HC Deb 03 July 1958 vol 590 cc1581-3
45. Mr. Stonehouse

asked the Prime Minister if he will now state whether the inspection of atomic plants supplied to Italy, Japan and other countries will be under the International Atomic Energy Agency; and what steps are taken to ensure that plutonium produced in these plants is not used for military purposes.

The Prime Minister (Mr. Harold Macmillan)

The United Kingdom's agreements with Italy and Japan provide for consultation between the contracting parties to determine in what respects and to what extent they desire to arrange for the safeguards in the agreements to be administered by an appropriate international agency. Detailed arrangements for implementing the safeguards have not yet been made.

Mr. Stonehouse

In view of the fact that this country is proposing to export atomic plants to Brazil, Germany and, understand, even Spain, is it not imperative that we should make certain that there are adequate controls to ensure that military plutonium is not extracted for the manufacture of atomic arms? At what stage will the International Atomic Energy Agency be drawn into these agreements? Is continuous supervision allowed for?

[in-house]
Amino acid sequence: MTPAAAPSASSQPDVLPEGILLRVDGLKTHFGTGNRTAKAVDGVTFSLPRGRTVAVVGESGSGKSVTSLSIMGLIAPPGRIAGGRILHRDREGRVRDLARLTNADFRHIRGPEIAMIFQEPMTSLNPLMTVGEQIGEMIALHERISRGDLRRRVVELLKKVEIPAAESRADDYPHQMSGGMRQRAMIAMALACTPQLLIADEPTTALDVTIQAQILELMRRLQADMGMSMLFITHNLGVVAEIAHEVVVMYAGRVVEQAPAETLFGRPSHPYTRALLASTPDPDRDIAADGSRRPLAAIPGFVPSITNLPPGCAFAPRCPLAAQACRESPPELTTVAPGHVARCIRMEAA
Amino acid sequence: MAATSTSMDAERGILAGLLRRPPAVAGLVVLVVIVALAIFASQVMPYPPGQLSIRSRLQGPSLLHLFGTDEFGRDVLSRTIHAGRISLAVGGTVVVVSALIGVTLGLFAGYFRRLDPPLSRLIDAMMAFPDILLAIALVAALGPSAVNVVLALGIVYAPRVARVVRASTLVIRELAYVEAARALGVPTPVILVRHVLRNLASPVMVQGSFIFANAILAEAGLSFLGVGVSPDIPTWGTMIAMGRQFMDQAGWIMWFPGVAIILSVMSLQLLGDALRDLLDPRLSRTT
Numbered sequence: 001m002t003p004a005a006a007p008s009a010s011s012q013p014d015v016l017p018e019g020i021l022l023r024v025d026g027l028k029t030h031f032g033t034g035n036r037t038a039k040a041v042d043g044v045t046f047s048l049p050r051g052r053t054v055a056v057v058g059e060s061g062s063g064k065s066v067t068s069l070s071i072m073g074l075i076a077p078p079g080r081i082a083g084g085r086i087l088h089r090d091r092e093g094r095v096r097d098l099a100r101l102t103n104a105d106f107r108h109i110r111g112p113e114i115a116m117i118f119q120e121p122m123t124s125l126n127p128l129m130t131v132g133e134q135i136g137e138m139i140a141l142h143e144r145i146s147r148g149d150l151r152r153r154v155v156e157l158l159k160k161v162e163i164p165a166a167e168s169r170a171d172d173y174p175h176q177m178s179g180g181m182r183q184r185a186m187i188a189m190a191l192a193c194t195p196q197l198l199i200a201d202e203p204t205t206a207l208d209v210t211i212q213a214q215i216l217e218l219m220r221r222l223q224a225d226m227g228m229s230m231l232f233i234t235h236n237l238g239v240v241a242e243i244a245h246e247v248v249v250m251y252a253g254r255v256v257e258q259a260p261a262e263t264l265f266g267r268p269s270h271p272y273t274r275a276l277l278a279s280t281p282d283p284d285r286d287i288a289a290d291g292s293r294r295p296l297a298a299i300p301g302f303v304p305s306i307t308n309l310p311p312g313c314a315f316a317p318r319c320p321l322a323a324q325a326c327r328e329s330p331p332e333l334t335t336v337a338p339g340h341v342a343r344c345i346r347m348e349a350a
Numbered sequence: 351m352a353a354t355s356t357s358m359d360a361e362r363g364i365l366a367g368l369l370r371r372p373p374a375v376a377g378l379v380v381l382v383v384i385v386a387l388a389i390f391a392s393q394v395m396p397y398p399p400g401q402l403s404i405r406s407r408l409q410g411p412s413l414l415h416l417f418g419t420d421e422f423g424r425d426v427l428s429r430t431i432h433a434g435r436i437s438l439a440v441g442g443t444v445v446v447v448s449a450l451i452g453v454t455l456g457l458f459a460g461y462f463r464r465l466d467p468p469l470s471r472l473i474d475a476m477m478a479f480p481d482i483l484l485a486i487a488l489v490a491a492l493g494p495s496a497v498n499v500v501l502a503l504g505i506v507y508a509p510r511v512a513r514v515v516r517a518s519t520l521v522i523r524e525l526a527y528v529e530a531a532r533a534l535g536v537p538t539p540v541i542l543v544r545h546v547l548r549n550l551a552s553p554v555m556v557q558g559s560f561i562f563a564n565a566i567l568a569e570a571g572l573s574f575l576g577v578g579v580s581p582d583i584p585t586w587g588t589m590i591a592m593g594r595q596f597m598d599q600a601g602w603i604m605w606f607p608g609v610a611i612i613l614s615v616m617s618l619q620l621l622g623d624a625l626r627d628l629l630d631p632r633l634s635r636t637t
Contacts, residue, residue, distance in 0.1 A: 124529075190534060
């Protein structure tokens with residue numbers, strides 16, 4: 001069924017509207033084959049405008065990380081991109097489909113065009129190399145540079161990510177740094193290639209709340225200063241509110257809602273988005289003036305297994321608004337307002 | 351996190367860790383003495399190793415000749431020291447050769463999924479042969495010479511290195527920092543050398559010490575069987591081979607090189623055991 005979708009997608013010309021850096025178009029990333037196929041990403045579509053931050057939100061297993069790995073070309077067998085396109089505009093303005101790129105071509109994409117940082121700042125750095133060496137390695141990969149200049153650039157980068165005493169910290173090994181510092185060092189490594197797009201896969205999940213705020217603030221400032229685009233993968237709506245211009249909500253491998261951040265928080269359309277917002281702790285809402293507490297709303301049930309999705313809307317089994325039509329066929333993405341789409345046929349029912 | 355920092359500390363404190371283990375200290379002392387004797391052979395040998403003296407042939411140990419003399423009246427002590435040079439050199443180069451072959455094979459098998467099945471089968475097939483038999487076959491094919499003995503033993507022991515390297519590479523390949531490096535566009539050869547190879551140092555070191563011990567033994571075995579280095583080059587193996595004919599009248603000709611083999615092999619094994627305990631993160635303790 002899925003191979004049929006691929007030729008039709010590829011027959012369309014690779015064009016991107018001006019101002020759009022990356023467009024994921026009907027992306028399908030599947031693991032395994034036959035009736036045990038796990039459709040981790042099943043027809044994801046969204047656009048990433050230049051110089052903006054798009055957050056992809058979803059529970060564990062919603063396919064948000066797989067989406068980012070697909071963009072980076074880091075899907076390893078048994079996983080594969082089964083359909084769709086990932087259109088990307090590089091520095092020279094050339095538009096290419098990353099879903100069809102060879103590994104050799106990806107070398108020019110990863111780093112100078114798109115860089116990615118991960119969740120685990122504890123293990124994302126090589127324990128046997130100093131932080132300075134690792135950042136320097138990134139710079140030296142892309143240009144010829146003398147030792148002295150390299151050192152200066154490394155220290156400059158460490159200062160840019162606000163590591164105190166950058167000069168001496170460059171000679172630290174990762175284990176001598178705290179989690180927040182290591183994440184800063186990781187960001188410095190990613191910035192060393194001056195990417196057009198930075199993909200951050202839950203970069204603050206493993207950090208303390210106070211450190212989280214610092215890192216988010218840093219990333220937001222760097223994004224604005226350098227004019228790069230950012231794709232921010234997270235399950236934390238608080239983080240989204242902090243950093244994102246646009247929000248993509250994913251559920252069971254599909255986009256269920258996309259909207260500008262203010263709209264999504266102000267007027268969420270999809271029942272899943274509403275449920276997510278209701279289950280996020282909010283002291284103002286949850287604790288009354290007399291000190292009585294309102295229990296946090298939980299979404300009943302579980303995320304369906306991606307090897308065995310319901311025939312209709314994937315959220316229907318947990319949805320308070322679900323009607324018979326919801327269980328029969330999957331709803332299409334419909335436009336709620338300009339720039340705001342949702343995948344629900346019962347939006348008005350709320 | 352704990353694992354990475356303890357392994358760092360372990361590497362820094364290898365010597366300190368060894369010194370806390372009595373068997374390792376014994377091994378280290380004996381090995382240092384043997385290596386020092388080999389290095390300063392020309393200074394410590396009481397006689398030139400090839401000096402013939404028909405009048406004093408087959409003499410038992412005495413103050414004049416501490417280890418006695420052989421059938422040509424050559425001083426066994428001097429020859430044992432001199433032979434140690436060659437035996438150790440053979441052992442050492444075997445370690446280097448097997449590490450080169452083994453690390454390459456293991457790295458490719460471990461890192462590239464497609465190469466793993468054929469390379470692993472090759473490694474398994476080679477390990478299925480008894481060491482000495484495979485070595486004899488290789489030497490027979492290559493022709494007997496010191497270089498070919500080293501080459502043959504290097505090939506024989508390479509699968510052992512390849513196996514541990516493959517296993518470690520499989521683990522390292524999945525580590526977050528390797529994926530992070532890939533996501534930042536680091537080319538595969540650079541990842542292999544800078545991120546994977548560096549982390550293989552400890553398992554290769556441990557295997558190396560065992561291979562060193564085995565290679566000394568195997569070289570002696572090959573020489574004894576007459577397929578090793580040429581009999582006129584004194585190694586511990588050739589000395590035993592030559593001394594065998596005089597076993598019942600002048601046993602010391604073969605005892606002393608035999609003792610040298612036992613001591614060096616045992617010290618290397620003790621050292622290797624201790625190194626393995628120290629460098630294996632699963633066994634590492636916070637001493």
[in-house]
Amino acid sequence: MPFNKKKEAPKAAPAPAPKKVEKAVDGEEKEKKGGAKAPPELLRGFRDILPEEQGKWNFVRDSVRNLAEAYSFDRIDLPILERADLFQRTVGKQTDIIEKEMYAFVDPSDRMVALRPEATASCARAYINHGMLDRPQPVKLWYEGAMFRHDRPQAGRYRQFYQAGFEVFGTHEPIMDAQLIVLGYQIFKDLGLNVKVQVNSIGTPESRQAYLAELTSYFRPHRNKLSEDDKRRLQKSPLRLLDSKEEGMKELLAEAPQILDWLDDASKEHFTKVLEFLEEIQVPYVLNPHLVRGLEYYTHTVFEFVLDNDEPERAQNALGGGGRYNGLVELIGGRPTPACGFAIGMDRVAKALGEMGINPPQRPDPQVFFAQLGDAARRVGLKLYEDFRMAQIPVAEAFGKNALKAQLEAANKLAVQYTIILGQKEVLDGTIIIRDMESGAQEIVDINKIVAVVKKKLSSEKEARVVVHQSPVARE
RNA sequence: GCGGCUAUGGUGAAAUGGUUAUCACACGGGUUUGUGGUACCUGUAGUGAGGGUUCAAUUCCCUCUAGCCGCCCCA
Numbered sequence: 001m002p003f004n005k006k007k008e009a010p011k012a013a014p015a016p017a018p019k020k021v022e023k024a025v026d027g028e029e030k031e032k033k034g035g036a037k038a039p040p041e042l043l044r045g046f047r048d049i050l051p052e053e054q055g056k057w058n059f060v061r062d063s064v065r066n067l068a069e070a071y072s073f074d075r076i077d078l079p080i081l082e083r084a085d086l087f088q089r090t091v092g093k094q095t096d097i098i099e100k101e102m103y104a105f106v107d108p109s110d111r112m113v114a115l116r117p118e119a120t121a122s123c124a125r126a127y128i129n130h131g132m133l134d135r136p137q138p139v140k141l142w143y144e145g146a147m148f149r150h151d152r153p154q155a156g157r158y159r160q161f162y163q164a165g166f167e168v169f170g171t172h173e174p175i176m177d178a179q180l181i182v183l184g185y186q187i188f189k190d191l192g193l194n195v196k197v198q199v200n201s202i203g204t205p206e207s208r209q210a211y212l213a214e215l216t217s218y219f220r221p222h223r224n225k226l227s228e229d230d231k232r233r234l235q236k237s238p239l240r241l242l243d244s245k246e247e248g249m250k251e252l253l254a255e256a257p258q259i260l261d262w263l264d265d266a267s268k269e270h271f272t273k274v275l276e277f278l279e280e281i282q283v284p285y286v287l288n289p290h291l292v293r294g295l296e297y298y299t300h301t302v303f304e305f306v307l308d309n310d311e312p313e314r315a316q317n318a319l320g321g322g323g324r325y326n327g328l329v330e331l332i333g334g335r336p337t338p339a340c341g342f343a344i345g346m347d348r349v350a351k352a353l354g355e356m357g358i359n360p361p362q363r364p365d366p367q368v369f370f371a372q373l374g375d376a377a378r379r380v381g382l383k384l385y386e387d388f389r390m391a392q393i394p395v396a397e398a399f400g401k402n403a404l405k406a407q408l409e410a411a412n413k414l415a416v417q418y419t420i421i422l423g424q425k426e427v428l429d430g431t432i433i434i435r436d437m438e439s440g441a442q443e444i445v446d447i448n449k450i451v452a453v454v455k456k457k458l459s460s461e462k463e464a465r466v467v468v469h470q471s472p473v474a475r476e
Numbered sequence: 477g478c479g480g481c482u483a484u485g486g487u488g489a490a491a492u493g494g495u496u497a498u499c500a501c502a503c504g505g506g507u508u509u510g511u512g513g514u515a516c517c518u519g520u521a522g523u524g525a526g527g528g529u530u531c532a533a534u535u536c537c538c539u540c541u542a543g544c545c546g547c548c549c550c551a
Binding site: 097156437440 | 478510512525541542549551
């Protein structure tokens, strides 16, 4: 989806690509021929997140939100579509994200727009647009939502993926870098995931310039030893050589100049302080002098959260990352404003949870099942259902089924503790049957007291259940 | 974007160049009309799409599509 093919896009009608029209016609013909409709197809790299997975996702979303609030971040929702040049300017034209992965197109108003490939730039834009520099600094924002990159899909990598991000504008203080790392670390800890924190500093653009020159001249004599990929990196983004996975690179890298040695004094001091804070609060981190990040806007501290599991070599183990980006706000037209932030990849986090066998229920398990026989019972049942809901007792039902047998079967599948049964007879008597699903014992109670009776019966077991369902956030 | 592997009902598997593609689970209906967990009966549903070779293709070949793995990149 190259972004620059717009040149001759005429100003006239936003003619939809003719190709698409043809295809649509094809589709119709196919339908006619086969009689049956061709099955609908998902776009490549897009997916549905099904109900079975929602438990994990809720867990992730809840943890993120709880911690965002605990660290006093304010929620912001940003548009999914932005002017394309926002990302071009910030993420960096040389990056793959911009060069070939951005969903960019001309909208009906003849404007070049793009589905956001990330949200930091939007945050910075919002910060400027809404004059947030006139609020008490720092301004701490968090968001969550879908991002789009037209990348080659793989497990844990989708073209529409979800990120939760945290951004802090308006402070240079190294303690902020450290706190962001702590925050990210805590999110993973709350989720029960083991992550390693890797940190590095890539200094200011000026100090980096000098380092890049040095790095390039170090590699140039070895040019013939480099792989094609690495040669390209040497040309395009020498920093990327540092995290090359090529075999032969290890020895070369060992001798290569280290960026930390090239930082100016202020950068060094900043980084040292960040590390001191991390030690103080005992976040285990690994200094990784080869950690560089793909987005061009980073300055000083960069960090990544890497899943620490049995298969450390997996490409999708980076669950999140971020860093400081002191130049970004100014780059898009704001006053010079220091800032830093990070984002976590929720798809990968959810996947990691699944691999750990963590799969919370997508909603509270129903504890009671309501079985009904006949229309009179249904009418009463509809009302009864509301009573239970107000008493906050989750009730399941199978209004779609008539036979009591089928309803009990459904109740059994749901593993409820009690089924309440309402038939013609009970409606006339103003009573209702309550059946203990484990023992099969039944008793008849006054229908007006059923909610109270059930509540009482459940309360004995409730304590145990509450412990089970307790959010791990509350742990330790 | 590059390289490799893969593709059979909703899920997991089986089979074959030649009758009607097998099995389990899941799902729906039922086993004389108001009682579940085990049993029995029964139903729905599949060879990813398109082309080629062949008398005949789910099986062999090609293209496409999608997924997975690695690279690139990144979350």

The Prime Minister

The agreements provide for consultation as to what would be the most appropriate way of policing these agreements. It is a matter of importance but not of great urgency, because it will take a considerable time before these plants can be ready.

Mr. P. Noel-Baker

In view of the fact that all these plants which are being established in many countries which are now called non-nuclear will be capable of producing fissile material for weapons, is it not important that at an early stage the principle should be established that the Atomic Energy Agency shall be the authority which carries out the requisite permanent inspection?

The Prime Minister

These are bilateral agreements between ourselves, the Italians and the Japanese, and we have included in the agreements provision for making these controls and safeguards. We are now discussing what would be the most appropriate way by which they should be carried out.

Mr. Noel-Baker

I have examined the agreements which have been made with Japan and Italy, and I am asking the Prime Minister whether he does not think it desirable at an early stage to get a firm agreement that the Agency should be used for this purpose.

The Prime Minister

I will consider that. But, as I say, it is not a matter of great urgency, because, unfortunately, these plants take a very long time to manufacture.

Forward to